A former middleweight boxer whose wrongful conviction for triple-homicide, an injustice that inspired books, films, and most famously, a song by Bob Dylan, has died at the age of 76.
Rubin Carter (40-27-1) was sent to prison largely on the testimony of two thieves, who were committing a robbery nearby in Paterson, New Jersey in 1976. Both thieves recanted their claims a year later, and it was also revealed (but not in court) that they had cut deals with prosecutors in exchange for their testimony.
Carter was granted a new trial and convicted by the same prosecutors on the testimony of one of the same thieves (who recanted his recanted testimony), despite defense arguments which provided an alibi for Carter's whereabouts the night of the killings.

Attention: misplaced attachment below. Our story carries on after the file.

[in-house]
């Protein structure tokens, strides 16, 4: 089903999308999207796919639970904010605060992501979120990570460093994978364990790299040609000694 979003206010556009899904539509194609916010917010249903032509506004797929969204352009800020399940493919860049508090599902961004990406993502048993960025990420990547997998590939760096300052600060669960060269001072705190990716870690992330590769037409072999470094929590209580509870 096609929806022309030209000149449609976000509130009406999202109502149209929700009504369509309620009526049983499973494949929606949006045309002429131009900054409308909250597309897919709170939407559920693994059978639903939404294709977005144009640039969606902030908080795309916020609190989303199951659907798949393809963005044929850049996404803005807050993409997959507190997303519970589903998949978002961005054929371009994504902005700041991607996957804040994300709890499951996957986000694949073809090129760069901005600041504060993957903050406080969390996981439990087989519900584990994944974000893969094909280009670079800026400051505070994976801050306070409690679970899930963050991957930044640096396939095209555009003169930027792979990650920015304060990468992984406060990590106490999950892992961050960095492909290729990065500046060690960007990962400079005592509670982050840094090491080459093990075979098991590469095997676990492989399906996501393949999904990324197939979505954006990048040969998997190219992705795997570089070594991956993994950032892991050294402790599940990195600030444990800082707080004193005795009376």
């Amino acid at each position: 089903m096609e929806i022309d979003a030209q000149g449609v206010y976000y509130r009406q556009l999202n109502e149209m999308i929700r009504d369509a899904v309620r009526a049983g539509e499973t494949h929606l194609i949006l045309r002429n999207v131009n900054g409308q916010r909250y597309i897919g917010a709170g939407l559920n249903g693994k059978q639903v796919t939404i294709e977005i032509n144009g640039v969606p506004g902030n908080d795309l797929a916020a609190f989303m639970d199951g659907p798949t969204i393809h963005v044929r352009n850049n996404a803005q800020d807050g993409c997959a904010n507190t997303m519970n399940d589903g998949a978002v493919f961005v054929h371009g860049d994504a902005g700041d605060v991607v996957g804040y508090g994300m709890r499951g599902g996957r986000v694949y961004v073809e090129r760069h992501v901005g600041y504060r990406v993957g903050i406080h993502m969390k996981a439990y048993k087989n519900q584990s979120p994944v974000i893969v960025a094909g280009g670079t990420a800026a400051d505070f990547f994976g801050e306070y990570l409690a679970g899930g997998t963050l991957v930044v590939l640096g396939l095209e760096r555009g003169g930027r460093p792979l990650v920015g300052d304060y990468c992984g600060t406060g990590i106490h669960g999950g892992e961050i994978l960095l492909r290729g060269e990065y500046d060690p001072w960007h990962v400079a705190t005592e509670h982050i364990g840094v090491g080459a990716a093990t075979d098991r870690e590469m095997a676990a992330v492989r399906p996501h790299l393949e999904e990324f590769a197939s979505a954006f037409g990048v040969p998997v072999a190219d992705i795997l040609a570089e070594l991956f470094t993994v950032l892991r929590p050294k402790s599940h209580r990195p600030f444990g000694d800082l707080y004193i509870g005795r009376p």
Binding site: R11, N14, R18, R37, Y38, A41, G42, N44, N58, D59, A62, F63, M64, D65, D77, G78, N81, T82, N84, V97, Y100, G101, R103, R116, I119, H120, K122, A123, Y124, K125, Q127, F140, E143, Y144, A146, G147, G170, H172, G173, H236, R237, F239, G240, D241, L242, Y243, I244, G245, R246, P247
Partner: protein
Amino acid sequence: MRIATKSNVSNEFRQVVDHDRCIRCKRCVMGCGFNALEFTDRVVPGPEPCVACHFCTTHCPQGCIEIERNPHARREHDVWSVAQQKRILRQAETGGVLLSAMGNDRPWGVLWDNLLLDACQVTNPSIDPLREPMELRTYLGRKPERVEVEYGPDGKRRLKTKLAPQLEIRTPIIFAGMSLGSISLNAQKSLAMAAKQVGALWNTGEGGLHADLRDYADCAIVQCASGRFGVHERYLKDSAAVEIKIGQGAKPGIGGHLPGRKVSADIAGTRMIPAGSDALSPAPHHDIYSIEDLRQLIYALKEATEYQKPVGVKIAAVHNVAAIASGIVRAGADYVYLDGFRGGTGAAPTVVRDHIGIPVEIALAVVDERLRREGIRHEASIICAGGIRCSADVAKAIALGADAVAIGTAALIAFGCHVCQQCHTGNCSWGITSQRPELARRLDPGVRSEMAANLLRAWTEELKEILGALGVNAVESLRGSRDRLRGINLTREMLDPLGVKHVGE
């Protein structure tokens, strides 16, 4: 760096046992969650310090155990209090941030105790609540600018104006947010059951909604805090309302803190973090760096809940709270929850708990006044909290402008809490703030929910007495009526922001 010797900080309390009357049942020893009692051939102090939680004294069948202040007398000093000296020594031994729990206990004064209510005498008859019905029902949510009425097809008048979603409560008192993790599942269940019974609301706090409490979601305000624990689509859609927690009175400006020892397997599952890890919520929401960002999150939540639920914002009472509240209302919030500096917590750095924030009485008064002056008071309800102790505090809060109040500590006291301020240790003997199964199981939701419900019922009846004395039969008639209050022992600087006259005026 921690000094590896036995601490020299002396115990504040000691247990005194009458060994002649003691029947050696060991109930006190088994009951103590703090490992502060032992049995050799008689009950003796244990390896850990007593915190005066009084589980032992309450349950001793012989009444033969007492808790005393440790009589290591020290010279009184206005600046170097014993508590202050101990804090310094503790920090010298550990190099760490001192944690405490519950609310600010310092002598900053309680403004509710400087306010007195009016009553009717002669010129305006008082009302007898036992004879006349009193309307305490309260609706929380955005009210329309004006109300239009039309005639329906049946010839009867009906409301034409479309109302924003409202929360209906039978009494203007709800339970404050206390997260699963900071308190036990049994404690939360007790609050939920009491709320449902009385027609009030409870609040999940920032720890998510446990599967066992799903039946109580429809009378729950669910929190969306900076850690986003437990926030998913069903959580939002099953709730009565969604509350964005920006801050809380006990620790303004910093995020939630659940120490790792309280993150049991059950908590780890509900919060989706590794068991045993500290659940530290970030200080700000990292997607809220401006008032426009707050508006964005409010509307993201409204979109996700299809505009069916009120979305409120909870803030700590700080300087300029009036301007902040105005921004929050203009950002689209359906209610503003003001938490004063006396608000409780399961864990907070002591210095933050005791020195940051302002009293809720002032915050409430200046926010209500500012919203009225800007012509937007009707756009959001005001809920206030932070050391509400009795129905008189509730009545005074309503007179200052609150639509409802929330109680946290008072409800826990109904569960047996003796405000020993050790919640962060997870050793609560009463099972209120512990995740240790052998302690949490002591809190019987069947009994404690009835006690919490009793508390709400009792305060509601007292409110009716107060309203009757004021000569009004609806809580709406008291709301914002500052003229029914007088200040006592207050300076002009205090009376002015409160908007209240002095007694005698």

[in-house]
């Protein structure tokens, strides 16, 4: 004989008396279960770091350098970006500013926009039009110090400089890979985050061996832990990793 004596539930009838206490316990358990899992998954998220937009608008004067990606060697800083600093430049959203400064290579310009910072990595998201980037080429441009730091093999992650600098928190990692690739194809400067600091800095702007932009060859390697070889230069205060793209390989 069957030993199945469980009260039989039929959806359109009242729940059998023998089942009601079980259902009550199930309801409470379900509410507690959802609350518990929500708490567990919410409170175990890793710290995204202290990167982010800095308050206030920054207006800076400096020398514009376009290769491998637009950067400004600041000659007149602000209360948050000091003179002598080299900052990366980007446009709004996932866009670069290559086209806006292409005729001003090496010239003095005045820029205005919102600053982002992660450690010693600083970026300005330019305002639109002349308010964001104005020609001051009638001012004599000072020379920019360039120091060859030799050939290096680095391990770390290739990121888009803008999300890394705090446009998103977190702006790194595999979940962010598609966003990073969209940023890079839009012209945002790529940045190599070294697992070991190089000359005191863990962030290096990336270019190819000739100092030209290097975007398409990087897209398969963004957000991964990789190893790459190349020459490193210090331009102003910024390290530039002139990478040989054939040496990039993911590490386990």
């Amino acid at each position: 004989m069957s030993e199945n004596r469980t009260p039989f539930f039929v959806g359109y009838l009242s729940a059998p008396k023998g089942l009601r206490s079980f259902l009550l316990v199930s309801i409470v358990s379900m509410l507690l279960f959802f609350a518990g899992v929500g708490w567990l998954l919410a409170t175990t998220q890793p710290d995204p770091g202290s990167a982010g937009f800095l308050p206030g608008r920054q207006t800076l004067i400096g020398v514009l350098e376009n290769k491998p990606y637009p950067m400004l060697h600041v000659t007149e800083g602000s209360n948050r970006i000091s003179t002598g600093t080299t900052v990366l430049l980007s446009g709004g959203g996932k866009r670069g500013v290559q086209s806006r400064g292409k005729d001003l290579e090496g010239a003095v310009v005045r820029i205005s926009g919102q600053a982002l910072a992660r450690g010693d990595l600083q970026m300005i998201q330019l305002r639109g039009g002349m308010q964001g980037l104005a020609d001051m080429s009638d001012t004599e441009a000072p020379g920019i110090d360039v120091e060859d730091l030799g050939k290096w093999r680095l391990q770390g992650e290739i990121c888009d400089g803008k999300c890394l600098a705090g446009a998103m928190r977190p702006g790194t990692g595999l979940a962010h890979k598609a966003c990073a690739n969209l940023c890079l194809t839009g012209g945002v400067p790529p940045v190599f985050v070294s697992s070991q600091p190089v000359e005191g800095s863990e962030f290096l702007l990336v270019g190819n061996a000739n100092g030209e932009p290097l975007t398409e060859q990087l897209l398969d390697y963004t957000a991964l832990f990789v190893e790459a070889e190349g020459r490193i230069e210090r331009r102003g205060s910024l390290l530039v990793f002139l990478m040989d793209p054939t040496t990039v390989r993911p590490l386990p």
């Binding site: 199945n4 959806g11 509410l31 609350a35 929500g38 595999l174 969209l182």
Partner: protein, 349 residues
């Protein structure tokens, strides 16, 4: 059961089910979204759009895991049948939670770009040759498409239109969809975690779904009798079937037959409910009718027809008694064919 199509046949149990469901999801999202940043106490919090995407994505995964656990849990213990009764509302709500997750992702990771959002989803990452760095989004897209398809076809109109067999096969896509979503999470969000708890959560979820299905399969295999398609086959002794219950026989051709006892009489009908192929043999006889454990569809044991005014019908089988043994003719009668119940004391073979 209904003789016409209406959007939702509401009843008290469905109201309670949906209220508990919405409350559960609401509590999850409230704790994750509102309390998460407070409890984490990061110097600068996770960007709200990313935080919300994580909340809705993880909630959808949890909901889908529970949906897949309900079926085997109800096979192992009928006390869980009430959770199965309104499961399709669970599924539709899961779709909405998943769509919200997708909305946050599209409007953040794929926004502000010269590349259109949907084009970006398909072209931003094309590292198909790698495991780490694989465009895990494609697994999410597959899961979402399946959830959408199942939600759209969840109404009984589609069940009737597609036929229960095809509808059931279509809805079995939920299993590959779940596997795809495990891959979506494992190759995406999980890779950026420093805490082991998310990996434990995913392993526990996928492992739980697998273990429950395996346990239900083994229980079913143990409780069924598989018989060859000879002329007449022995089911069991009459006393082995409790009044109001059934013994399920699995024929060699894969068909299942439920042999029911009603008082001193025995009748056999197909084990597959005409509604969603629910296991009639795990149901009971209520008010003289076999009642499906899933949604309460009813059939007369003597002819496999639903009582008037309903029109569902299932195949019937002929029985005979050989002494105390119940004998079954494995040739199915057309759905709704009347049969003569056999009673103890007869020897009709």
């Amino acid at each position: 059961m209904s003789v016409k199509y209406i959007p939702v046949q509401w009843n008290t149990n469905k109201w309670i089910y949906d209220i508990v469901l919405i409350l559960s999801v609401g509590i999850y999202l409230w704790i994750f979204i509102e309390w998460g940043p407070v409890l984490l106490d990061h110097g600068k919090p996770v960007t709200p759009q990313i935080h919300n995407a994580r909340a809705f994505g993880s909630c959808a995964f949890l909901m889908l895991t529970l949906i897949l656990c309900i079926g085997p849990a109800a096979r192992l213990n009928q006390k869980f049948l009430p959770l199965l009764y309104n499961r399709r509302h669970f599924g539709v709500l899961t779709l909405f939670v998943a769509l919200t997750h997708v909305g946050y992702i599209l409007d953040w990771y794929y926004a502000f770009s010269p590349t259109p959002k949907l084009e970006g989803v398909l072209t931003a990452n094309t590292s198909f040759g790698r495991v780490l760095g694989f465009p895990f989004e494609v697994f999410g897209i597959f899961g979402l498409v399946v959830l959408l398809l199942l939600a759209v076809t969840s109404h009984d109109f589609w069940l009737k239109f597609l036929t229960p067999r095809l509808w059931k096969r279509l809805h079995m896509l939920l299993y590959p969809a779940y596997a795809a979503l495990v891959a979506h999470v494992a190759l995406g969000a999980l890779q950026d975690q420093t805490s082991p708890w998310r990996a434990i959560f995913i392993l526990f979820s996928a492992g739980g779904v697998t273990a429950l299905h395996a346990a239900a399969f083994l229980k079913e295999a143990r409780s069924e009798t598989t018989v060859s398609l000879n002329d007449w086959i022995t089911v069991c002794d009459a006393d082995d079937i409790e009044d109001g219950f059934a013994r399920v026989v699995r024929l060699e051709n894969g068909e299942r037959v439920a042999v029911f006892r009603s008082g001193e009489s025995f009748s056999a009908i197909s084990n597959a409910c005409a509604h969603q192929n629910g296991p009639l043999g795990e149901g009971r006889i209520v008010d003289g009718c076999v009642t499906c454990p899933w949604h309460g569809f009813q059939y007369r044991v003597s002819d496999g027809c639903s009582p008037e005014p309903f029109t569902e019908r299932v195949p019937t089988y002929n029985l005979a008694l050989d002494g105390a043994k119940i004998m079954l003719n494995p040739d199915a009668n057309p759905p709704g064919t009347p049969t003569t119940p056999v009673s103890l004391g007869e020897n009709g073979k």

In 1985 a federal appeals court in New Jersey freed Carter, saying his conviction had been "predicated upon an appeal to racism rather than reason and concealment rather than disclosure." I'm not a lawyer but the fact that Carter was tried twice by witnesses who changed
I can't add to vast amount of writing on the Carter case, but for anyone who doubts that from one instant to the next, a world of hateful prosecutors, cops and shady witnesses can conspire to put people in prison, forever, think again.